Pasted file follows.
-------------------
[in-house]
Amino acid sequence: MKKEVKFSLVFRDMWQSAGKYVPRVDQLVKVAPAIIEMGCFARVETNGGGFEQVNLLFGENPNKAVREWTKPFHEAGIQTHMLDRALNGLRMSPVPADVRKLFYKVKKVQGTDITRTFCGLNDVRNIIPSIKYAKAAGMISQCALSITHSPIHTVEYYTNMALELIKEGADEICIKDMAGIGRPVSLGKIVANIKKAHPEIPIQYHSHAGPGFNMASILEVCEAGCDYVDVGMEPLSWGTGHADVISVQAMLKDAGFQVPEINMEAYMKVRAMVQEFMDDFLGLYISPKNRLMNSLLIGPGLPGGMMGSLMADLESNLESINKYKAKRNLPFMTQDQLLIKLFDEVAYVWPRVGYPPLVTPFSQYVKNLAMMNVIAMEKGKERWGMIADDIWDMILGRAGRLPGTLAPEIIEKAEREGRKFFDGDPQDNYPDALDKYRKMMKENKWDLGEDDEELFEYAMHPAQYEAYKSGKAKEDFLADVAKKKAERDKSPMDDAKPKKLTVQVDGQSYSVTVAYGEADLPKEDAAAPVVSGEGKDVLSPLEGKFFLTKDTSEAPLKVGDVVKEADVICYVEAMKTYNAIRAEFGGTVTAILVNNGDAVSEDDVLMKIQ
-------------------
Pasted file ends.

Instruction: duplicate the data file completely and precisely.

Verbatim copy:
[in-house]
Amino acid sequence: MKKEVKFSLVFRDMWQSAGKYVPRVDQLVKVAPAIIEMGCFARVETNGGGFEQVNLLFGENPNKAVREWTKPFHEAGIQTHMLDRALNGLRMSPVPADVRKLFYKVKKVQGTDITRTFCGLNDVRNIIPSIKYAKAAGMISQCALSITHSPIHTVEYYTNMALELIKEGADEICIKDMAGIGRPVSLGKIVANIKKAHPEIPIQYHSHAGPGFNMASILEVCEAGCDYVDVGMEPLSWGTGHADVISVQAMLKDAGFQVPEINMEAYMKVRAMVQEFMDDFLGLYISPKNRLMNSLLIGPGLPGGMMGSLMADLESNLESINKYKAKRNLPFMTQDQLLIKLFDEVAYVWPRVGYPPLVTPFSQYVKNLAMMNVIAMEKGKERWGMIADDIWDMILGRAGRLPGTLAPEIIEKAEREGRKFFDGDPQDNYPDALDKYRKMMKENKWDLGEDDEELFEYAMHPAQYEAYKSGKAKEDFLADVAKKKAERDKSPMDDAKPKKLTVQVDGQSYSVTVAYGEADLPKEDAAAPVVSGEGKDVLSPLEGKFFLTKDTSEAPLKVGDVVKEADVICYVEAMKTYNAIRAEFGGTVTAILVNNGDAVSEDDVLMKIQ